Symposium on alternatives to copyright

I managed to acquire a ticket for the Bits of Freedom/XS4All organized symposium on Alternatives to Copyright after all.

The two main alternatives named were levies, which already exist in the Netherlands, and DRM, which is more or less the road the E.U. wants to take.

The day was closed with a debate among four parliamentarians. They started their debate in true political style, by using a lot of words to say exactly nothing.

However, Erik Huizer, part-time professor of Internet Applications and director of many things at NOB, lead the debate skillfully, and whether it was because of him or because the politicians were willing to speak out, the more remarkable statements of the day came from this part of the symposium:

– State Secretary Piet Hein Donner does not much feel like discussing the future of copyright. According to a letter published two days before the symposium, he feels things can stay pretty much the same as they are now. The debaters unanimously disagreed with him, and especially Donner’s fellow party member Nicolien Vroonhoven was adamant that the government and parliament should go ahead as agreed before, and study what changes need to be made to copyright in the digital era.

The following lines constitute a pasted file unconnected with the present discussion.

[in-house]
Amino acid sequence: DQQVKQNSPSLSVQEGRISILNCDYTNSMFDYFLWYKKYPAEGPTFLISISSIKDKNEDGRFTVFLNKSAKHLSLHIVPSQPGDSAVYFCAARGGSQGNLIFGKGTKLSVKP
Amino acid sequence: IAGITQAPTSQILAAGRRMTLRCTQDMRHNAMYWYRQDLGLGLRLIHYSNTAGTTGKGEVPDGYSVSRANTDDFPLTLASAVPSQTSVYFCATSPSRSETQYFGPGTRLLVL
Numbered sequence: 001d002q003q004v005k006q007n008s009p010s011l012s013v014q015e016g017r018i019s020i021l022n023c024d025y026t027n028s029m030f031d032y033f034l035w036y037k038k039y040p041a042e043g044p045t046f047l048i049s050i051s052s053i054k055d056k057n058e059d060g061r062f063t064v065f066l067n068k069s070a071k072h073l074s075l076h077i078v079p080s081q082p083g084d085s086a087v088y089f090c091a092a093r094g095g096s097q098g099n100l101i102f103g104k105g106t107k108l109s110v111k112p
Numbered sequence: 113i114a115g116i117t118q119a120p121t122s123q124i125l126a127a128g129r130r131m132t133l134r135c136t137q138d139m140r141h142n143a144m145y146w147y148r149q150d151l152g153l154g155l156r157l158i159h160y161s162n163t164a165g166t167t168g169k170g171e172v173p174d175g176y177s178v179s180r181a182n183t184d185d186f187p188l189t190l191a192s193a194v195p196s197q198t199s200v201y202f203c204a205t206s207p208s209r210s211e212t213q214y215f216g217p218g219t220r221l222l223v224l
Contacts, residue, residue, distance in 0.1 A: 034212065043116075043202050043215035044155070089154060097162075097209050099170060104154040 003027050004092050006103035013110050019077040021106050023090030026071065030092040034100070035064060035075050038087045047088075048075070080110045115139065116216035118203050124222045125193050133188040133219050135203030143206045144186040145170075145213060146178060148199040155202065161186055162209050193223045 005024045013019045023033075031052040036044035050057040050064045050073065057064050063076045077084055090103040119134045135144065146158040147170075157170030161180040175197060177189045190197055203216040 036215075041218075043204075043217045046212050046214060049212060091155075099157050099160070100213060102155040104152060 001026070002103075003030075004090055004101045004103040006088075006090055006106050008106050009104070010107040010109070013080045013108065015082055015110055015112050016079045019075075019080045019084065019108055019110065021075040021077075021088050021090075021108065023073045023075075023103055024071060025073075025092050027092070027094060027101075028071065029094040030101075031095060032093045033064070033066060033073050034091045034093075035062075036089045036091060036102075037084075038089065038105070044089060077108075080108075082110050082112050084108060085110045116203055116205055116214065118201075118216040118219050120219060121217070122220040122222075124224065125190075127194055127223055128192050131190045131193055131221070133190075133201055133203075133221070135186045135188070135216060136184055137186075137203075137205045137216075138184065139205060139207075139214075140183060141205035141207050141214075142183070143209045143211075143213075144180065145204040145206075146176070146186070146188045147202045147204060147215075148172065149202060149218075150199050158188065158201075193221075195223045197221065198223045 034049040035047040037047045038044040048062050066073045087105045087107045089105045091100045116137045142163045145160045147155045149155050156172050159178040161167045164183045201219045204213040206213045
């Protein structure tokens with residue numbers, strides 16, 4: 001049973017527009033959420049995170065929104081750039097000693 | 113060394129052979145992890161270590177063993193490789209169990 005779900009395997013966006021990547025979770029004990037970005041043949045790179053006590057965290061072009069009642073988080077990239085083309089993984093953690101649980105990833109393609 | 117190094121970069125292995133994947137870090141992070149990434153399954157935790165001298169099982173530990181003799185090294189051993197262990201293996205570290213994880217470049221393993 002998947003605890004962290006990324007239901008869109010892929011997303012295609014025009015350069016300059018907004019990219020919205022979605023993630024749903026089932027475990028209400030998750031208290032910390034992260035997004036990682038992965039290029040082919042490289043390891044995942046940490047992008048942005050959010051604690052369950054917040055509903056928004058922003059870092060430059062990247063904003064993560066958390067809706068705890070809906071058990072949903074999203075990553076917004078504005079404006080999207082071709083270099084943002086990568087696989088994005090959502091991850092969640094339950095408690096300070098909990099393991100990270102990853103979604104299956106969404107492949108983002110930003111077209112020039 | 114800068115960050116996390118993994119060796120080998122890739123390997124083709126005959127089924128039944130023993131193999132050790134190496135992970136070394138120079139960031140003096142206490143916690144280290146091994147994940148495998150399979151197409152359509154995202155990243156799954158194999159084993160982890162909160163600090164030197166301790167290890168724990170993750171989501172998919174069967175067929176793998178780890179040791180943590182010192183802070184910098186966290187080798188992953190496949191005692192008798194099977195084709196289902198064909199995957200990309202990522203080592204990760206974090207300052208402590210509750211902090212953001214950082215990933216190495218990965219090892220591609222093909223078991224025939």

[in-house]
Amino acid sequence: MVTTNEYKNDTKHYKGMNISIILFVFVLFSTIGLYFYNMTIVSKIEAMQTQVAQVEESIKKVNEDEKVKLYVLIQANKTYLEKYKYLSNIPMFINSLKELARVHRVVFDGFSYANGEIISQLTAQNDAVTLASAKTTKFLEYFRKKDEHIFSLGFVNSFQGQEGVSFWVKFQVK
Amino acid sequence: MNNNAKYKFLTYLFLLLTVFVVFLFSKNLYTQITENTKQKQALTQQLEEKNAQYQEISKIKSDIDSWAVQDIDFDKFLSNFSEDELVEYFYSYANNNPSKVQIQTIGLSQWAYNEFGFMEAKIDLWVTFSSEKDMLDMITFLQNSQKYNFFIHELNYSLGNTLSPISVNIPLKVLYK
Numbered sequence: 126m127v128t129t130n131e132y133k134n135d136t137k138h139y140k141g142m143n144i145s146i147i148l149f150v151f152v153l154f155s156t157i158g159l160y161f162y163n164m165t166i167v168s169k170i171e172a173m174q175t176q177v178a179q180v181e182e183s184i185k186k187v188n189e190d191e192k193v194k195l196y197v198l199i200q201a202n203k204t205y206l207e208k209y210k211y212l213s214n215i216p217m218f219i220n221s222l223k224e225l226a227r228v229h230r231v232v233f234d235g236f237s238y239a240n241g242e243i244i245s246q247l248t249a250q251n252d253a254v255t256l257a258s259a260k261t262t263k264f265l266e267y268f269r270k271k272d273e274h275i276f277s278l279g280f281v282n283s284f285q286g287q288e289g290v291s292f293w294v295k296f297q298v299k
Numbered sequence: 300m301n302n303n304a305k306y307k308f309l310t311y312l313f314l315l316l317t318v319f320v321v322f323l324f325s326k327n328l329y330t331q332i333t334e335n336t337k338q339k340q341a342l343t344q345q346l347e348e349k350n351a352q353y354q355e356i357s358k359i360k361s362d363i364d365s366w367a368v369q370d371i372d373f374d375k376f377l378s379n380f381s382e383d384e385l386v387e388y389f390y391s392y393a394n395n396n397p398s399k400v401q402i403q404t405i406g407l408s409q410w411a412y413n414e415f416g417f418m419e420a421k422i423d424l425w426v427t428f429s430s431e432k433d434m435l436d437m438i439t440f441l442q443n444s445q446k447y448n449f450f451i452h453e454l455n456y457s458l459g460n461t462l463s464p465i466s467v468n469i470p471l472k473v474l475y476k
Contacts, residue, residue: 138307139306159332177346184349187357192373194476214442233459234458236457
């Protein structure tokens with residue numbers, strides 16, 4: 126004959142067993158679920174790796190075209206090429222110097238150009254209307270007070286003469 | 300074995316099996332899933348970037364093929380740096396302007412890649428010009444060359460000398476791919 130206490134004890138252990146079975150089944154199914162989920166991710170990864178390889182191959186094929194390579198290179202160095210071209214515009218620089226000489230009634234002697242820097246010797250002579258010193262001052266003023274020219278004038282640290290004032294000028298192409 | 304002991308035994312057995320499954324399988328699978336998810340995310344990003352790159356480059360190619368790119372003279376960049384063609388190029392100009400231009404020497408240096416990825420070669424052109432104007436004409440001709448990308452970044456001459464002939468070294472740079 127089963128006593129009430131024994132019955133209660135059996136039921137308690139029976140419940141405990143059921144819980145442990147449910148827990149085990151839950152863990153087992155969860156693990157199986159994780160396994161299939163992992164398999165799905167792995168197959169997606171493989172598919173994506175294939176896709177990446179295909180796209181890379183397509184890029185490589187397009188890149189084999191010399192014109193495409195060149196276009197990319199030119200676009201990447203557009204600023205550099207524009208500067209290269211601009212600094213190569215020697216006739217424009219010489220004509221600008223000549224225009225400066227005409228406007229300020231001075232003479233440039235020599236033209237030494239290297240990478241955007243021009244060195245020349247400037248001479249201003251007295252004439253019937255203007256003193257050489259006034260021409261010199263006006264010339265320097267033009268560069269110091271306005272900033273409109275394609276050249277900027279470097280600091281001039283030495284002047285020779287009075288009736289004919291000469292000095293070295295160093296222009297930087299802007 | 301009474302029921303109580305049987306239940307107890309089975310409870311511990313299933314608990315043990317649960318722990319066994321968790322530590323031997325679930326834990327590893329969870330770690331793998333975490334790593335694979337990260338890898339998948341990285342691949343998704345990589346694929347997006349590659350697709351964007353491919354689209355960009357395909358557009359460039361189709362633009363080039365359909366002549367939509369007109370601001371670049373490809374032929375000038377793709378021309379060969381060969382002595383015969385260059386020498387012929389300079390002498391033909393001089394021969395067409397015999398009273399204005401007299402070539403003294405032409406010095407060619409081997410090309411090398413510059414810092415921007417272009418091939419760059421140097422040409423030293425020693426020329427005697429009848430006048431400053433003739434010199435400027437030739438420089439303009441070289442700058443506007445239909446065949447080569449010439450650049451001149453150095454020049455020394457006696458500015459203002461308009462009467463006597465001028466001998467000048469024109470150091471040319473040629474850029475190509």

– The two members of right wing parties felt that less weight should be given to privacy in light of DRM systems: “Consumers are not defenseless; they are capable of making their own choices.” The left, however, was doubtful; in reality, Kees Vendrik of the Green Party posited, the consumer’s freedom to engage in a DRM enforced contract with huge corporations is a lopsided affair.

It was of course the opening speaker of the day, Christiaan Alberdingk Thijm, who succesfully invoked a consumer’s right to privacy when winning court cases for Kazaa and Zoekmp3.

– Finally, surprisingly all four parliamentarians present felt that television programmes that have been paid for out of public funds should be more or less copyright free. The members of parliament promised to ask the government to make this happen.

Links and sources: Dutch parliamentarians favour releasing public broadcast images into public domain (Digital Media Europe, English), Privacy belangrijk? Dan maar geen internet (Webwereld, Dutch), Symposium ‘Alternatieve modellen voor auteursrecht’ (, Dutch).

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